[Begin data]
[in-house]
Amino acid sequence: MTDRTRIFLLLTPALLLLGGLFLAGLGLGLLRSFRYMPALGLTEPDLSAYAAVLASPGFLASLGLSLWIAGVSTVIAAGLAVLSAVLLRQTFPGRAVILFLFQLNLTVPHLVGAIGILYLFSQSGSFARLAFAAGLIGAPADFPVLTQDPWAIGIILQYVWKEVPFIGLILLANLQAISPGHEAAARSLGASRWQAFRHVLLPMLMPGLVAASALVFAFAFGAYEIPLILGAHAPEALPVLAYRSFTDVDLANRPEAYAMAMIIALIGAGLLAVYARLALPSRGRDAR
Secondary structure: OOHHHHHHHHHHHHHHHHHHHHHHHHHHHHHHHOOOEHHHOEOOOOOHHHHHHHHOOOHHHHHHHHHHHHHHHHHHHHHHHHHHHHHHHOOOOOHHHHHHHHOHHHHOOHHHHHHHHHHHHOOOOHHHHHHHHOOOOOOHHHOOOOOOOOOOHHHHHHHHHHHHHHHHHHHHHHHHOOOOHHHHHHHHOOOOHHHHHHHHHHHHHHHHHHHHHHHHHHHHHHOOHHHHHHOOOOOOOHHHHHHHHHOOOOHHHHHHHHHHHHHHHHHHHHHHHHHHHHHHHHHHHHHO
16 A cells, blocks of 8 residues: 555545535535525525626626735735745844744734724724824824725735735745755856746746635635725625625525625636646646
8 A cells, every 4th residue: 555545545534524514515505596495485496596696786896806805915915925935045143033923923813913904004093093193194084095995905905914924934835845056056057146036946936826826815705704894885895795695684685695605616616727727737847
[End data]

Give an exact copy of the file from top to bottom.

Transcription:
[in-house]
Amino acid sequence: MTDRTRIFLLLTPALLLLGGLFLAGLGLGLLRSFRYMPALGLTEPDLSAYAAVLASPGFLASLGLSLWIAGVSTVIAAGLAVLSAVLLRQTFPGRAVILFLFQLNLTVPHLVGAIGILYLFSQSGSFARLAFAAGLIGAPADFPVLTQDPWAIGIILQYVWKEVPFIGLILLANLQAISPGHEAAARSLGASRWQAFRHVLLPMLMPGLVAASALVFAFAFGAYEIPLILGAHAPEALPVLAYRSFTDVDLANRPEAYAMAMIIALIGAGLLAVYARLALPSRGRDAR
Secondary structure: OOHHHHHHHHHHHHHHHHHHHHHHHHHHHHHHHOOOEHHHOEOOOOOHHHHHHHHOOOHHHHHHHHHHHHHHHHHHHHHHHHHHHHHHHOOOOOHHHHHHHHOHHHHOOHHHHHHHHHHHHOOOOHHHHHHHHOOOOOOHHHOOOOOOOOOOHHHHHHHHHHHHHHHHHHHHHHHHOOOOHHHHHHHHOOOOHHHHHHHHHHHHHHHHHHHHHHHHHHHHHHOOHHHHHHOOOOOOOHHHHHHHHHOOOOHHHHHHHHHHHHHHHHHHHHHHHHHHHHHHHHHHHHHO
16 A cells, blocks of 8 residues: 555545535535525525626626735735745844744734724724824824725735735745755856746746635635725625625525625636646646
8 A cells, every 4th residue: 555545545534524514515505596495485496596696786896806805915915925935045143033923923813913904004093093193194084095995905905914924934835845056056057146036946936826826815705704894885895795695684685695605616616727727737847